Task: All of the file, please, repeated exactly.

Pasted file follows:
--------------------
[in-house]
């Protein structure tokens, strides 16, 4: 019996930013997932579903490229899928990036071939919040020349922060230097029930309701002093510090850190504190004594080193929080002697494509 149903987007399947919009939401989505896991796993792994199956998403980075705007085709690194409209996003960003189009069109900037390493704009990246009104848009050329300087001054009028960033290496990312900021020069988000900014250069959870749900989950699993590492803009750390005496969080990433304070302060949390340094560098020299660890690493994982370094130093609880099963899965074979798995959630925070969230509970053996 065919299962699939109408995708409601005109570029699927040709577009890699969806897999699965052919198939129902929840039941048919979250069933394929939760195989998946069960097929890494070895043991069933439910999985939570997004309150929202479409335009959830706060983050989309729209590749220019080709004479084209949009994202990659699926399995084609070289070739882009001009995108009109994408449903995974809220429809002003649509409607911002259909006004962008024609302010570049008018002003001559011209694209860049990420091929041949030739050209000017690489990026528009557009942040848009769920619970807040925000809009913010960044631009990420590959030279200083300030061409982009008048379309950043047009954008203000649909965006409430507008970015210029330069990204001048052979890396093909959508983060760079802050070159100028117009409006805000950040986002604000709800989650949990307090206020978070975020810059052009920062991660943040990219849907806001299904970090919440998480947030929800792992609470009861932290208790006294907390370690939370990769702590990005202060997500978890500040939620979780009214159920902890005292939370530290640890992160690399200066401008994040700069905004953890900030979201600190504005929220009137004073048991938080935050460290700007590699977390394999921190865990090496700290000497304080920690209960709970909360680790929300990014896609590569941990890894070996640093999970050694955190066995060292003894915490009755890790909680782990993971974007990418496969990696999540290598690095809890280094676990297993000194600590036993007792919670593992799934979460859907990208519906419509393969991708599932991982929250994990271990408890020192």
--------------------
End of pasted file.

[in-house]
């Protein structure tokens, strides 16, 4: 019996930013997932579903490229899928990036071939919040020349922060230097029930309701002093510090850190504190004594080193929080002697494509 149903987007399947919009939401989505896991796993792994199956998403980075705007085709690194409209996003960003189009069109900037390493704009990246009104848009050329300087001054009028960033290496990312900021020069988000900014250069959870749900989950699993590492803009750390005496969080990433304070302060949390340094560098020299660890690493994982370094130093609880099963899965074979798995959630925070969230509970053996 065919299962699939109408995708409601005109570029699927040709577009890699969806897999699965052919198939129902929840039941048919979250069933394929939760195989998946069960097929890494070895043991069933439910999985939570997004309150929202479409335009959830706060983050989309729209590749220019080709004479084209949009994202990659699926399995084609070289070739882009001009995108009109994408449903995974809220429809002003649509409607911002259909006004962008024609302010570049008018002003001559011209694209860049990420091929041949030739050209000017690489990026528009557009942040848009769920619970807040925000809009913010960044631009990420590959030279200083300030061409982009008048379309950043047009954008203000649909965006409430507008970015210029330069990204001048052979890396093909959508983060760079802050070159100028117009409006805000950040986002604000709800989650949990307090206020978070975020810059052009920062991660943040990219849907806001299904970090919440998480947030929800792992609470009861932290208790006294907390370690939370990769702590990005202060997500978890500040939620979780009214159920902890005292939370530290640890992160690399200066401008994040700069905004953890900030979201600190504005929220009137004073048991938080935050460290700007590699977390394999921190865990090496700290000497304080920690209960709970909360680790929300990014896609590569941990890894070996640093999970050694955190066995060292003894915490009755890790909680782990993971974007990418496969990696999540290598690095809890280094676990297993000194600590036993007792919670593992799934979460859907990208519906419509393969991708599932991982929250994990271990408890020192």